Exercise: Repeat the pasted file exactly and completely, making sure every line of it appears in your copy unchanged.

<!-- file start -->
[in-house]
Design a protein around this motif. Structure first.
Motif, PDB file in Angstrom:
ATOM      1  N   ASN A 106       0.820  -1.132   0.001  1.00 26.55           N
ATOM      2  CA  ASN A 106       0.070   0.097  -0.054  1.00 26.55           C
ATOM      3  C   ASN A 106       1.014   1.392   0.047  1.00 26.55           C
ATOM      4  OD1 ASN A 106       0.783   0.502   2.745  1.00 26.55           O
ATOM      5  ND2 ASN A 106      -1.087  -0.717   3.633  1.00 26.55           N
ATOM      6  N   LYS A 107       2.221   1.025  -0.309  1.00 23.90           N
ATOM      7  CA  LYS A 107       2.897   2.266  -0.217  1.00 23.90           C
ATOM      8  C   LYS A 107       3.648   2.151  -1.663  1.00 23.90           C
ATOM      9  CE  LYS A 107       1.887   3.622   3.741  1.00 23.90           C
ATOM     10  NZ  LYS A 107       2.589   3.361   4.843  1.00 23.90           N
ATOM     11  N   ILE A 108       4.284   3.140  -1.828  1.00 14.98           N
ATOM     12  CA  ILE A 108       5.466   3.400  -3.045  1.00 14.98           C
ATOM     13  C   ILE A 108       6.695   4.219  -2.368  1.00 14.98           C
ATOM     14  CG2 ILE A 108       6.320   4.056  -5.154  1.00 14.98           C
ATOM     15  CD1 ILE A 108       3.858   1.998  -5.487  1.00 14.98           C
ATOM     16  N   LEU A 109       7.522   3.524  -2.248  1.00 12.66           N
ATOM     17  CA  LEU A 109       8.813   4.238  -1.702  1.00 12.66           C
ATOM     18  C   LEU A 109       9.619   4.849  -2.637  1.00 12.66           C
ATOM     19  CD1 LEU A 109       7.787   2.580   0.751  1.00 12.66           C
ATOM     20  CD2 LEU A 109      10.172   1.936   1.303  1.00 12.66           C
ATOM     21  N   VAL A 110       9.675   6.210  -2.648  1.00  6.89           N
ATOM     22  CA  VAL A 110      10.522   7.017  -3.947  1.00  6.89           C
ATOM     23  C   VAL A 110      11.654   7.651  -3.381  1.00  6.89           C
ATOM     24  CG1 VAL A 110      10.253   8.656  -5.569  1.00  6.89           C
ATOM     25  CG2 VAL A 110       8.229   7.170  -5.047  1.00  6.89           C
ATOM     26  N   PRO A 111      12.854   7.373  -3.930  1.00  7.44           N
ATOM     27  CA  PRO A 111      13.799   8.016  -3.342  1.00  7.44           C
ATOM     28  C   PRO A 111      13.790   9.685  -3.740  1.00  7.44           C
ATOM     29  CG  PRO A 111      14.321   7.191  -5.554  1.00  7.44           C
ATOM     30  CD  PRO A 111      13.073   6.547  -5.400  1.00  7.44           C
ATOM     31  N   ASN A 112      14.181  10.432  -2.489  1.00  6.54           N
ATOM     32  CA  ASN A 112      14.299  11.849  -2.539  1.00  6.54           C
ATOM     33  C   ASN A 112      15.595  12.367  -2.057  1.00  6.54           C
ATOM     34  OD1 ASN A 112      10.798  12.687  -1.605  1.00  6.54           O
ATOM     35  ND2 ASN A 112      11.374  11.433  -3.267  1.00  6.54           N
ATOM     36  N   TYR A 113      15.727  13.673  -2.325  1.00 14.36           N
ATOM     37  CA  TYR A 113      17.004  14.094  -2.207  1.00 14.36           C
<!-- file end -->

[in-house]
Design a protein around this motif. Structure first.
Motif, PDB file in Angstrom:
ATOM      1  N   ASN A 106       0.820  -1.132   0.001  1.00 26.55           N
ATOM      2  CA  ASN A 106       0.070   0.097  -0.054  1.00 26.55           C
ATOM      3  C   ASN A 106       1.014   1.392   0.047  1.00 26.55           C
ATOM      4  OD1 ASN A 106       0.783   0.502   2.745  1.00 26.55           O
ATOM      5  ND2 ASN A 106      -1.087  -0.717   3.633  1.00 26.55           N
ATOM      6  N   LYS A 107       2.221   1.025  -0.309  1.00 23.90           N
ATOM      7  CA  LYS A 107       2.897   2.266  -0.217  1.00 23.90           C
ATOM      8  C   LYS A 107       3.648   2.151  -1.663  1.00 23.90           C
ATOM      9  CE  LYS A 107       1.887   3.622   3.741  1.00 23.90           C
ATOM     10  NZ  LYS A 107       2.589   3.361   4.843  1.00 23.90           N
ATOM     11  N   ILE A 108       4.284   3.140  -1.828  1.00 14.98           N
ATOM     12  CA  ILE A 108       5.466   3.400  -3.045  1.00 14.98           C
ATOM     13  C   ILE A 108       6.695   4.219  -2.368  1.00 14.98           C
ATOM     14  CG2 ILE A 108       6.320   4.056  -5.154  1.00 14.98           C
ATOM     15  CD1 ILE A 108       3.858   1.998  -5.487  1.00 14.98           C
ATOM     16  N   LEU A 109       7.522   3.524  -2.248  1.00 12.66           N
ATOM     17  CA  LEU A 109       8.813   4.238  -1.702  1.00 12.66           C
ATOM     18  C   LEU A 109       9.619   4.849  -2.637  1.00 12.66           C
ATOM     19  CD1 LEU A 109       7.787   2.580   0.751  1.00 12.66           C
ATOM     20  CD2 LEU A 109      10.172   1.936   1.303  1.00 12.66           C
ATOM     21  N   VAL A 110       9.675   6.210  -2.648  1.00  6.89           N
ATOM     22  CA  VAL A 110      10.522   7.017  -3.947  1.00  6.89           C
ATOM     23  C   VAL A 110      11.654   7.651  -3.381  1.00  6.89           C
ATOM     24  CG1 VAL A 110      10.253   8.656  -5.569  1.00  6.89           C
ATOM     25  CG2 VAL A 110       8.229   7.170  -5.047  1.00  6.89           C
ATOM     26  N   PRO A 111      12.854   7.373  -3.930  1.00  7.44           N
ATOM     27  CA  PRO A 111      13.799   8.016  -3.342  1.00  7.44           C
ATOM     28  C   PRO A 111      13.790   9.685  -3.740  1.00  7.44           C
ATOM     29  CG  PRO A 111      14.321   7.191  -5.554  1.00  7.44           C
ATOM     30  CD  PRO A 111      13.073   6.547  -5.400  1.00  7.44           C
ATOM     31  N   ASN A 112      14.181  10.432  -2.489  1.00  6.54           N
ATOM     32  CA  ASN A 112      14.299  11.849  -2.539  1.00  6.54           C
ATOM     33  C   ASN A 112      15.595  12.367  -2.057  1.00  6.54           C
ATOM     34  OD1 ASN A 112      10.798  12.687  -1.605  1.00  6.54           O
ATOM     35  ND2 ASN A 112      11.374  11.433  -3.267  1.00  6.54           N
ATOM     36  N   TYR A 113      15.727  13.673  -2.325  1.00 14.36           N
ATOM     37  CA  TYR A 113      17.004  14.094  -2.207  1.00 14.36           C